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Managing an exit from your F&B business

Managing an exit from your F&B business

This article first appeared in Catering Today

The M&A market is expected to grow in the next 12 months; here’s how to get the best deal for your company

2018 has been a busy year for deals in the UK’s F&B market. Against a backdrop of brands scaling and some major players such as Eat and Jamie’s reigning in expansion plans, the food and drink M&A market remains robust. There’s undoubtedly opportunities for a well prepared seller. Here’s how you can ensure you maximise the value on the sale of your business as an owner manager:

Preparation and timing

Choosing the right time to start your sale process is vital – two or three years’ good trading is ideal, as is retaining control of it and maintaining momentum. Once you’ve decided to exit, it’s important to execute the process efficiently. Ensuring that your business is sale ready is equally key: in much the same way as your house never looks better than when it’s put on the market so it is with the sale of your business. A successful process can often take at least a year to plan and three or more months to actually happen.

Get your due diligence right

To extend the housing analogy, a well organised sale process will see the seller prepare the corporate equivalent of a home buyer’s pack – “vendor due diligence”. This involves anticipating the questions which a well-advised buyer will ask and preparing the answers. It serves two functions – control of information flow and an opportunity to identify – and address – potential problems which might otherwise give the buyer an opportunity to reduce the price, or withdraw.

Understand the value of your business

Don’t confuse price with value. Value tells you what your business might be worth and is an important starting point for your sale negotiations. Price tells you what someone is actually prepared to pay – and far more important. There’s a variety of valuation methods, ranging from a multiple of profits to cashflow, assets and turnover. It’s important to engage specialist corporate finance advisers to help guide you through this part of the process and help with the valuation exercise and price negotiations.

Know who you’re selling to

One of the first steps to exit is to identify the potential buyers of the business – your business will have a different value to different buyers. A trade buyer, for instance, might be prepared to pay a premium to reflect the synergies or market opportunities your business represents. The buyer may be overseas or domestic, trade or a financial (private equity) buyer? Knowing your potential buyers, and importantly, what matters to them, is an important first step.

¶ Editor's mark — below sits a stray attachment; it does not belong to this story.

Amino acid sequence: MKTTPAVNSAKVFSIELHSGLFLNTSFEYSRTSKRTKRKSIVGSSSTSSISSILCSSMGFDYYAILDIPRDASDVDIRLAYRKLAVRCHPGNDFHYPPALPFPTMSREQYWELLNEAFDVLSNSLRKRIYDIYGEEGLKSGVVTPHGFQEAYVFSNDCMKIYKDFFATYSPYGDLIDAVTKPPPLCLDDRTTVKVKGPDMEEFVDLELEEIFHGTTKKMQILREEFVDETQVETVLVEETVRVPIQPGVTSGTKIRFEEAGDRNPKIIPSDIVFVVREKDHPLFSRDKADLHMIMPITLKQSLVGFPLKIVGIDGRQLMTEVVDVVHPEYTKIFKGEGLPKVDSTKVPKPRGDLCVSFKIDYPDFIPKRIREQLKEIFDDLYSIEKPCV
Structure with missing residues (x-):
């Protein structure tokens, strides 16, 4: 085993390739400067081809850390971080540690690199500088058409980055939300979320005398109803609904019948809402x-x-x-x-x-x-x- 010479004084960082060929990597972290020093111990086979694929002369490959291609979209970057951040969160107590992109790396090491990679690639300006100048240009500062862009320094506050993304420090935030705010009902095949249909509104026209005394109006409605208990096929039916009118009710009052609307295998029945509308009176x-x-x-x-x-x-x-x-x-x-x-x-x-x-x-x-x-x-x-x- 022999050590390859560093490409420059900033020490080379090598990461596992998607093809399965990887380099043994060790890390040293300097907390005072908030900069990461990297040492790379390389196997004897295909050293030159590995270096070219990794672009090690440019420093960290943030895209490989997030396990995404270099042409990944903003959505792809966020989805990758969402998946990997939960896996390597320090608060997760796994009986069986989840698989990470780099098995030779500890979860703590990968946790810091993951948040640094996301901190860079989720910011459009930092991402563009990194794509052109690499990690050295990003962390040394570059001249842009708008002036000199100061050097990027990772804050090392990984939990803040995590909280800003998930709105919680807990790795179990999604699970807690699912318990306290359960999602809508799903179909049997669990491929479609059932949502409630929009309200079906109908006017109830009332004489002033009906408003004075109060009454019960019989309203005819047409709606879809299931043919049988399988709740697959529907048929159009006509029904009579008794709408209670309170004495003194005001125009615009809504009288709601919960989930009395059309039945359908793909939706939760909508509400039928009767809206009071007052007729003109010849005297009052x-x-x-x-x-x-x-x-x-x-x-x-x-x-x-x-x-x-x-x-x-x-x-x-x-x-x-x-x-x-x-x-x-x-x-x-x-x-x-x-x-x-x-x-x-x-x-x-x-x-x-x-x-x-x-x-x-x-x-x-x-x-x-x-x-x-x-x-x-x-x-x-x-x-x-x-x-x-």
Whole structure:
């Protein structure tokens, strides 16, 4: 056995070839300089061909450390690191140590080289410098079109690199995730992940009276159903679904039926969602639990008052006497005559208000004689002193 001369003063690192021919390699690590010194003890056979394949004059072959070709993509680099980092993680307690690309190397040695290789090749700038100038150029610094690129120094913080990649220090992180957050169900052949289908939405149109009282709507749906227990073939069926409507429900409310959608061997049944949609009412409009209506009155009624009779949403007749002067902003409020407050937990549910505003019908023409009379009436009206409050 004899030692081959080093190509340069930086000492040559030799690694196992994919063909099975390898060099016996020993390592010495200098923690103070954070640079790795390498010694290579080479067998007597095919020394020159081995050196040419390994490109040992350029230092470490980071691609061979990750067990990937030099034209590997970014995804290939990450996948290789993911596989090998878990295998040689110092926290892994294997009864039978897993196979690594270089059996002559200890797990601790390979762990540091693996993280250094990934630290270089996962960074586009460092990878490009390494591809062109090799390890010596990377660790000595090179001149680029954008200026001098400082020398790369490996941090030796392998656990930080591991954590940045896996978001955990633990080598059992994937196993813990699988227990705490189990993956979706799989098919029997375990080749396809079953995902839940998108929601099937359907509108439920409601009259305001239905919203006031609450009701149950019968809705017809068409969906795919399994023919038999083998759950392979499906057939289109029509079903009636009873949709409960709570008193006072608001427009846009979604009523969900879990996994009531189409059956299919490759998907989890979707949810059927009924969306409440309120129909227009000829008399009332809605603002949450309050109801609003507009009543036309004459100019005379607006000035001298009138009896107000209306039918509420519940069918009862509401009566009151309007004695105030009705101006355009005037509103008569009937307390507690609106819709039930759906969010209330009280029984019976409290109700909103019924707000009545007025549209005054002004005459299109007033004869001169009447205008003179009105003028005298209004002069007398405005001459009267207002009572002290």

We often hear owners say they know who their buyers are but an experienced corporate finance adviser with in-depth knowledge of your sector can make a real contribution.  For example, helping you filter out any “tyre kickers” (non-genuine bidders) and ensure that the bidders are adequately funded.

Take care of your people

Look after your team. Ensure that your key staff have signed adequate contracts of employment which protect your business. The possibility of key management leaving to compete with you will do little for a successful sale.

You’ll also want to review the quality of your senior management team and address any gaps. A business heavily dependent on its owner can pose a variety of issues to different buyers. Incentivising your management team to help secure a successful sale process is another wise step. Aligning interests at this stage can be crucial as the senior management team may well be key to the buyer’s plans for the business.

Check your contracts

This feels onerous but is critical to a successful exit.  Check the material contracts along your supply chain. For instance, suppliers sometimes include “change of control” clauses in their contracts, which in practice enables them to renegotiate your purchase terms or even refuse to supply your business if they don’t like the buyer.

Other areas to look out for include ensuring your business’s intellectual property rights are properly protected – they underpin the brand you’re looking to sell, after all – and make sure your business is regulatory compliant, with appropriate licences and consents for any sale.

Run an exit checklist

Identify any potential hurdles before your buyer does. This will protect your business’ value through the sale process and head off those eleventh hour “price chip” discussions. Make sure you:

  • Resolve any minor commercial disputes and employment issues.
  • Have your accounts, filings and financial records up to date. This is a sensitive aspect of any sale transaction and an area where value can easily “leak”.
  • Have ensured all shareholders are on side before you start the process.

Have the right legal team in place too. They’ll represent your interests throughout negotiations, work closely with other advisers and ensure a smooth process.

Finally, it’s key to keep your focus on your business and minimise any disruption to trade throughout the sale process. It’s so easy to take your eye off the ball, but declining trading can unnerve buyers. If the process fails for any reason, you can then find your business potentially damaged through lost momentum. Staying on track and working in partnership with your advisers and buyers is the way to a successful exit.